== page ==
Day 18: What is my concurrent or parallel Raku program doing?

Raku makes it easy to introduce a bit of parallelism into a program – at least, when the solution lends itself to that. Its asynchronous programming capabilities also shine when building concurrent applications. During the last year, I’ve enjoyed employing both of these in my work.

However, I also discovered that something was missing. It was relatively straightforward to build the parallel and concurrent things that I wanted in Raku. However, once they were built, I found it hard to reason about what they were doing. For example:

  • For data parallel operations, what degree of parallelism was being achieved?
  • What tasks executed in parallel, and were there missed opportunities for further task parallelism?
  • Where was time being spent in different stages of an asynchronous workflow? For example, if a HTTP request could trigger background work, which later led to a message being sent over a WebSocket, where did the time go between these steps?
  • Given a Cro web application is also an asynchronous pipeline, where is time going on request processing? Is some piece of middleware surprisingly eating up a lot of time?

At first, I started putting in bits of timing code that wrote results out to the console. Of course, I either had to remove it again afterwards, or guard it with an environment variable if I wanted to keep it in the code. And even then, the data it produced was quite hard to interpret. This all felt rather inefficient.

Thus, Log::Timeline was born. Using it, I learned a lot about my application’s behavior. Best of all, I didn’t just get answers to the questions I had, but also some that I hadn’t even considered asking. In this advent post, I’ll show how you can use this module also.

Trying it out

The first way we might make use of Log::Timeline doesn’t actually involve using the module at all, but rather using some library that already uses it to do logging. Since Cro::HTTP has done this (since 0.8.1), we can get our very first glimpse at Log::Timeline in action by building a Cro HTTP application.

Aside from something that produces log events, we also need some way to view the logs. At present, there are two modes of Log::Timeline output: writing a file in JSONLines format or sending them over a socket. The second of these is used by the log viewer in Comma (a Raku IDE), meaning that we can view the output live as our application runs.

Thus, assuming we already installed Cro, we can:

  1. Create a new Cro Web Application project in Comma (works much like using cro stub at the command line)
  2. Create a “Cro Service” Run Configuration (choose Edit Configurations on the Run menu)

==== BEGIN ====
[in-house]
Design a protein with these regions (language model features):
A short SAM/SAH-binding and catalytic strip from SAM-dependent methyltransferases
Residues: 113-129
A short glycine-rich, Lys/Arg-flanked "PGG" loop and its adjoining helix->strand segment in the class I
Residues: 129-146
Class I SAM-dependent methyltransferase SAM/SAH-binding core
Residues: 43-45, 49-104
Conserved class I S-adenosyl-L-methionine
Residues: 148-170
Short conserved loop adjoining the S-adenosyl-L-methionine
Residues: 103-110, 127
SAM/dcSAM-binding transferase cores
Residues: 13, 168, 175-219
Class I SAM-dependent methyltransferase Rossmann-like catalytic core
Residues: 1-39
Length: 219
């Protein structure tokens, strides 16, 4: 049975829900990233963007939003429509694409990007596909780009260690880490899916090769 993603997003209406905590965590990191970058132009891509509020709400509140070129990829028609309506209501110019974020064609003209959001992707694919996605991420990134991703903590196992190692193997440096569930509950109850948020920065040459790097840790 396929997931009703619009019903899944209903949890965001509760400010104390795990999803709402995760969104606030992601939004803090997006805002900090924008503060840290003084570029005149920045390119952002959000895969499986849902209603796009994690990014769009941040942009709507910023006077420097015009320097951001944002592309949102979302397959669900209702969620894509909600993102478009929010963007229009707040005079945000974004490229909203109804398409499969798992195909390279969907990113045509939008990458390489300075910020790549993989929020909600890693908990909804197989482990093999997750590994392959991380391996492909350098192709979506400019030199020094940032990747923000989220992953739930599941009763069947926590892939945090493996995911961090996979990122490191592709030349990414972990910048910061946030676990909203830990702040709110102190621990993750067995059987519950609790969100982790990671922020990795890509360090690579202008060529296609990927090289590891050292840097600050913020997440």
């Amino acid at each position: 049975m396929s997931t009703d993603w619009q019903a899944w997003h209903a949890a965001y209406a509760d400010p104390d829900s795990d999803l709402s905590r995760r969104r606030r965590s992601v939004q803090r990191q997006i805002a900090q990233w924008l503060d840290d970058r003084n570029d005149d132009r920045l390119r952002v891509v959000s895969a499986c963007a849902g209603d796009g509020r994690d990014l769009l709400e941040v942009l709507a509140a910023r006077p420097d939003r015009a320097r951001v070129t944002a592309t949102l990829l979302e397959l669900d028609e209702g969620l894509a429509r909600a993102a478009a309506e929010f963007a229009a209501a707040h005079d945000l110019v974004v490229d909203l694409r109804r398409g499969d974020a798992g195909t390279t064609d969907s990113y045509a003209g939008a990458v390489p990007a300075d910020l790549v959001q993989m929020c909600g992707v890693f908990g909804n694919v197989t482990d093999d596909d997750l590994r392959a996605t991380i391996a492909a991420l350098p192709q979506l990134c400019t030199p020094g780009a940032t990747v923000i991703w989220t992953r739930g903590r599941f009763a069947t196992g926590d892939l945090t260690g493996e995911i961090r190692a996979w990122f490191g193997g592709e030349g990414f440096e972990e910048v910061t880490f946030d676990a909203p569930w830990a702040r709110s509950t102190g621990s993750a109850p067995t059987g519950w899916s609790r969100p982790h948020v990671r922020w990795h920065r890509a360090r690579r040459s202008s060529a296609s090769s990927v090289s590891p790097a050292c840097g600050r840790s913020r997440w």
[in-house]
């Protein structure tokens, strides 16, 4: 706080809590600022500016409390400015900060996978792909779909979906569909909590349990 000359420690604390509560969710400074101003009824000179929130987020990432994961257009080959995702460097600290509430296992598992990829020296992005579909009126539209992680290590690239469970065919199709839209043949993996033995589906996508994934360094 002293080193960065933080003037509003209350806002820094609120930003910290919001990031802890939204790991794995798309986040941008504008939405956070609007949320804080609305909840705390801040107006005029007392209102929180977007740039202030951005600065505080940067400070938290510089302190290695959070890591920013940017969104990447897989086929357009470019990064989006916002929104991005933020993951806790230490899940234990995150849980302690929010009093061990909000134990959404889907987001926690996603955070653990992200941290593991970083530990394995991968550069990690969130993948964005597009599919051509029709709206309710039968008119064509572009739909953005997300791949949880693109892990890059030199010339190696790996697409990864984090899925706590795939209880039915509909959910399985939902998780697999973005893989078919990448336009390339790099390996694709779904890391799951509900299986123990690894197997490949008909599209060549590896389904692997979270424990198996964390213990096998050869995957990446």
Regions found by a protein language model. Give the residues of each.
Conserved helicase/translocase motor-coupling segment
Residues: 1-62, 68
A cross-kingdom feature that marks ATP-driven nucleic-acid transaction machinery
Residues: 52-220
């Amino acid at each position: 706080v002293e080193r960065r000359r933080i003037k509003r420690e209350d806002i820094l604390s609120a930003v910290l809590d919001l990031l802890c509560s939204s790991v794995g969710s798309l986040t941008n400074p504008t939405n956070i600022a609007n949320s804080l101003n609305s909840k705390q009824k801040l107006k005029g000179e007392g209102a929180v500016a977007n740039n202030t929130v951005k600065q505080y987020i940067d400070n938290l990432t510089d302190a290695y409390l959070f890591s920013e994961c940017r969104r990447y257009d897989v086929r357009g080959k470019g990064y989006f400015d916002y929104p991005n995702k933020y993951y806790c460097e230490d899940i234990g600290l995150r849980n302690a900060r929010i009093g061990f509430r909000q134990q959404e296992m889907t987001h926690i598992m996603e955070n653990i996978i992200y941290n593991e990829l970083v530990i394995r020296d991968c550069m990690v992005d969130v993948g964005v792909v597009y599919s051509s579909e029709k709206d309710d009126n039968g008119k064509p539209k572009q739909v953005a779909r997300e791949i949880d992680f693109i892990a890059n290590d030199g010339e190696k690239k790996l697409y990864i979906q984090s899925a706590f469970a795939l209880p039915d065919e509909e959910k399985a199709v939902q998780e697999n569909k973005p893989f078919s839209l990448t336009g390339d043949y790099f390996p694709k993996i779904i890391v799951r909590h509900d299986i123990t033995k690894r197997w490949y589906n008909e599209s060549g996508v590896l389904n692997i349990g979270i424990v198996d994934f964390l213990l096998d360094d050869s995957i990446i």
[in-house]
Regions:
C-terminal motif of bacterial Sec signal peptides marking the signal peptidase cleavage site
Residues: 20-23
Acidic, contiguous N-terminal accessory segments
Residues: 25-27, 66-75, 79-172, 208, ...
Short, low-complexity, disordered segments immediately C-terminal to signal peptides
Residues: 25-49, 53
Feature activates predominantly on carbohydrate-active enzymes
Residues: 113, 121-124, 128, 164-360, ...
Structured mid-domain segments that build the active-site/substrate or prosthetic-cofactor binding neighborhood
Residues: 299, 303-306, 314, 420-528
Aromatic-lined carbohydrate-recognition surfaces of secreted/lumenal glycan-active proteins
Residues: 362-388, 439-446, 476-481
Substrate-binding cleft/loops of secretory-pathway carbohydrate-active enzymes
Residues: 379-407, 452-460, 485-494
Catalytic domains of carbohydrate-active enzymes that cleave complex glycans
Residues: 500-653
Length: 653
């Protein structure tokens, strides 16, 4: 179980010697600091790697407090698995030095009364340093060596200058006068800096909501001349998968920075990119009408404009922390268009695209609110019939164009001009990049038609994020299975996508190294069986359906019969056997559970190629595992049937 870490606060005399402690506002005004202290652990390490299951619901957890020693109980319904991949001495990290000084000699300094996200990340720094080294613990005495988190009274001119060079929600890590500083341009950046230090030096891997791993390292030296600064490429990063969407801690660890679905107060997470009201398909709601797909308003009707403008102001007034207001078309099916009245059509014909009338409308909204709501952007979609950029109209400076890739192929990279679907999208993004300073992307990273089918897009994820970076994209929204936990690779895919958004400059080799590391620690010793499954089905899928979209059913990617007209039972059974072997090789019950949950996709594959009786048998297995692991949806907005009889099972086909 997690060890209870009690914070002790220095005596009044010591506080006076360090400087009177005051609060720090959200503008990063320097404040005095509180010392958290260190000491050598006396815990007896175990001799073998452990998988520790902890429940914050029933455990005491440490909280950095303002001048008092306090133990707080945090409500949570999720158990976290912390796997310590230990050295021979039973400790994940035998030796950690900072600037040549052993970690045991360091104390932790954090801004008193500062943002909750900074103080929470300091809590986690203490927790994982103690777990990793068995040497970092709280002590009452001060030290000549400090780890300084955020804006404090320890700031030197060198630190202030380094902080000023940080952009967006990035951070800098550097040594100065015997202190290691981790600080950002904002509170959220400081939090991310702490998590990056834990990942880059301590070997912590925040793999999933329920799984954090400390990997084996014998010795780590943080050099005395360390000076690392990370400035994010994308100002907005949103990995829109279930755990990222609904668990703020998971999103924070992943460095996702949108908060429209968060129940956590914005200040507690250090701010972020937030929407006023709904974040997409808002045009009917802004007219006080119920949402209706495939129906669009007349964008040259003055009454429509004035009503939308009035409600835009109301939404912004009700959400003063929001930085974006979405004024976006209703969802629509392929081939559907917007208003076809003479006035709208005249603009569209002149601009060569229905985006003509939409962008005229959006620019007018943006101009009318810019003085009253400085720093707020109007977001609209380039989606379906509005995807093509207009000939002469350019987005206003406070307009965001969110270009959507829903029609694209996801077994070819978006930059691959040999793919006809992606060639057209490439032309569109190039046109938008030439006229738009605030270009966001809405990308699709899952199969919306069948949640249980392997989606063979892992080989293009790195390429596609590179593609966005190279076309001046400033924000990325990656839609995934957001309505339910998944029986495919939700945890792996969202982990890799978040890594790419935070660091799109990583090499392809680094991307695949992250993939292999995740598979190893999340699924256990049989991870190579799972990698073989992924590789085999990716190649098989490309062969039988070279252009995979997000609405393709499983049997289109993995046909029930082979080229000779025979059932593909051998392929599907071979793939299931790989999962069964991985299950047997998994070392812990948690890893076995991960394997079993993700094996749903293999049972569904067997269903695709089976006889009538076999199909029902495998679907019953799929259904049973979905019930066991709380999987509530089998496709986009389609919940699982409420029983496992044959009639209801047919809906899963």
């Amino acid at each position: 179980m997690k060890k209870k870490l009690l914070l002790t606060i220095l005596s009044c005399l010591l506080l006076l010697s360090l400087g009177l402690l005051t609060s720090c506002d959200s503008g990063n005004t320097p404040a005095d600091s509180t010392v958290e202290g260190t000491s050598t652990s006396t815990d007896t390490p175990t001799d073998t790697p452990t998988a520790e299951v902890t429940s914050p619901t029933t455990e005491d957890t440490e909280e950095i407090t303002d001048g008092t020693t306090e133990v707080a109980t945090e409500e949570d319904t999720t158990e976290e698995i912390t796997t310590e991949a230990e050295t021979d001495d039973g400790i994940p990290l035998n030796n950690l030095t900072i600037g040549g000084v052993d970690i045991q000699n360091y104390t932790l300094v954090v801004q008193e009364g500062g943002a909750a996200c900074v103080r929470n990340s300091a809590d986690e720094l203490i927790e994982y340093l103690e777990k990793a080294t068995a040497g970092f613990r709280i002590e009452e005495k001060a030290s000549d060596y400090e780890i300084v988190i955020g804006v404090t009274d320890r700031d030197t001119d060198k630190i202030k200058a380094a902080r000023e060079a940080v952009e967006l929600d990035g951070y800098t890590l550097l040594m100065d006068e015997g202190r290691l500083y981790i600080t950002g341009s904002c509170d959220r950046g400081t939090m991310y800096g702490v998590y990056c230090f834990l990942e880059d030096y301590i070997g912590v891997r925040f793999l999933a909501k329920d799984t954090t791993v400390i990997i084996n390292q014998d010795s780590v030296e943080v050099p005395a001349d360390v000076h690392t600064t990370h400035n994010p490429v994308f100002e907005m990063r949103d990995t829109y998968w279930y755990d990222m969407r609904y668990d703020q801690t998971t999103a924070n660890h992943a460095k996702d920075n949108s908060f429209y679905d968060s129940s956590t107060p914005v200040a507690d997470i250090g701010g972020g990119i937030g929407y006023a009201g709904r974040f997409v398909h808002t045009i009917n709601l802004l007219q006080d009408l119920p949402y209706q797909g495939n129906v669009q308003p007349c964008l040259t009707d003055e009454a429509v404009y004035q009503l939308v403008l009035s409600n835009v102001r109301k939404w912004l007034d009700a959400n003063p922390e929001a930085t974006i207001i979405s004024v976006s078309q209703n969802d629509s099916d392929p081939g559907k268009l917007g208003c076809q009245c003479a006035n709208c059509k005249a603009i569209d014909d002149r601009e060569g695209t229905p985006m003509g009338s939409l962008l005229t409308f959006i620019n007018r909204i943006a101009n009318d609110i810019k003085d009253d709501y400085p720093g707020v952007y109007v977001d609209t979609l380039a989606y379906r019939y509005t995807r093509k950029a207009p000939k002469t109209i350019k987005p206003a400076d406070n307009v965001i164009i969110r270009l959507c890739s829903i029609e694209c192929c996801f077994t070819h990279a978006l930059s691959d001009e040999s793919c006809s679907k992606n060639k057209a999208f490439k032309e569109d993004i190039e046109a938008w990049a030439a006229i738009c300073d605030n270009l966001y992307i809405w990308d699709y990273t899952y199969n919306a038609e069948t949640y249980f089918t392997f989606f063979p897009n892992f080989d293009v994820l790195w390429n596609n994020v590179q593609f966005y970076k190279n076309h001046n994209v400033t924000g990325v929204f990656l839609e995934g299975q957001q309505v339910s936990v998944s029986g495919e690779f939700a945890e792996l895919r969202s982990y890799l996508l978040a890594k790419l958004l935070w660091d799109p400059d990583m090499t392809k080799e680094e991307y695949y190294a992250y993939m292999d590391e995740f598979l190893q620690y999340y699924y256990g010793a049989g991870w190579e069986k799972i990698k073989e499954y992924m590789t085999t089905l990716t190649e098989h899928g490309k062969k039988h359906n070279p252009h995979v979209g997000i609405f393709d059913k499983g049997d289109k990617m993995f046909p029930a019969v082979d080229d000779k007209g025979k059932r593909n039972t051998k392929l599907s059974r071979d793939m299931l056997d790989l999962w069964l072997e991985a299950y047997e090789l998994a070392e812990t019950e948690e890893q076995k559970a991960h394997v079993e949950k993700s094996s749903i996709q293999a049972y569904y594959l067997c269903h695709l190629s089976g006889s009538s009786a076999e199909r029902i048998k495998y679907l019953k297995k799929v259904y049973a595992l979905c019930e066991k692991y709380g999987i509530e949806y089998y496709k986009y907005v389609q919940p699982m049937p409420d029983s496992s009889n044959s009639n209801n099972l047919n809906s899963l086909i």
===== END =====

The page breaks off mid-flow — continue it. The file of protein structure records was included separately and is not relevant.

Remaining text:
3. On the Run Menu, choose “Run ‘service.p6’ and show Timeline”

The service will start up, and display the URL it is running at in the console (probably http://localhost:20000). If we make a request to it, then flip to the Timeline tab, we’ll see the request logged (in fact, do it in a browser then probably two requests are logged, since a favicon.ico is automatically requested). The requests can be expanded to see how the processing time within them is spent.

cro-app-1

Cro can process requests to HTTP application in parallel. In fact, it’s both concurrent (thanks to use of asynchronous I/O) and parallel (all steps of request processing are run on the Raku thread pool). So, if we use the Apache Benchmark program to send 100 requests, 3 at a time, we’d hope to see an indication that up to 3 requests were being processed in parallel. Here’s the command:

ab -n 100 -c 3 http://localhost:20000/

And we do, indeed, see the parallelism:

cro-app-2

Similarly, if we jack it up to 10 concurrent requests:

ab -n 100 -c 10 http://localhost:20000/

Then we will see something like this:

cro-app-3

Looking a little more closely, we see that the “Process Request” task is logged as part of the HTTP Server category of the Cro module. However, that’s not all: tasks (things that happen over a period of time) can also have data logged with them. For example, the HTTP request method and target are logged too:

data

We might also notice that requests are displayed in alternating shades of color; this is to allow us to differentiate two tasks if they occur “back to back” with no time between them (or at least, none visible at our zoom level).

Adding Log::Timeline support to an application

What if we want to add Log::Timeline support to our own an application, so we can understand more about its behavior? To illustrate this, let’s add it to jsonHound. This is an application that looks through JSON files, and ensures that they are in compliance with a set of rules (its was built for checking the security of router configurations, but in principle could be used for much more).

When jsonHound is run, there are two steps:

  1. Loading the rules, which are written in Raku
  2. Checking each specified JSON file against the rules; if there is more than one file, they will be checked in parallel

We’ll create a Log::Timeline task for each of these. They go into a JsonHound::LogTimelineSchema module. The code in the module looks like this:

unit module JsonHound::Logging;

use Log::Timeline;

class LoadRules does Log::Timeline::Task["jsonHound", "Run", "Load Rules"] {
}

class CheckFile does Log::Timeline::Task["jsonHound", "Run", "Check File"] {
}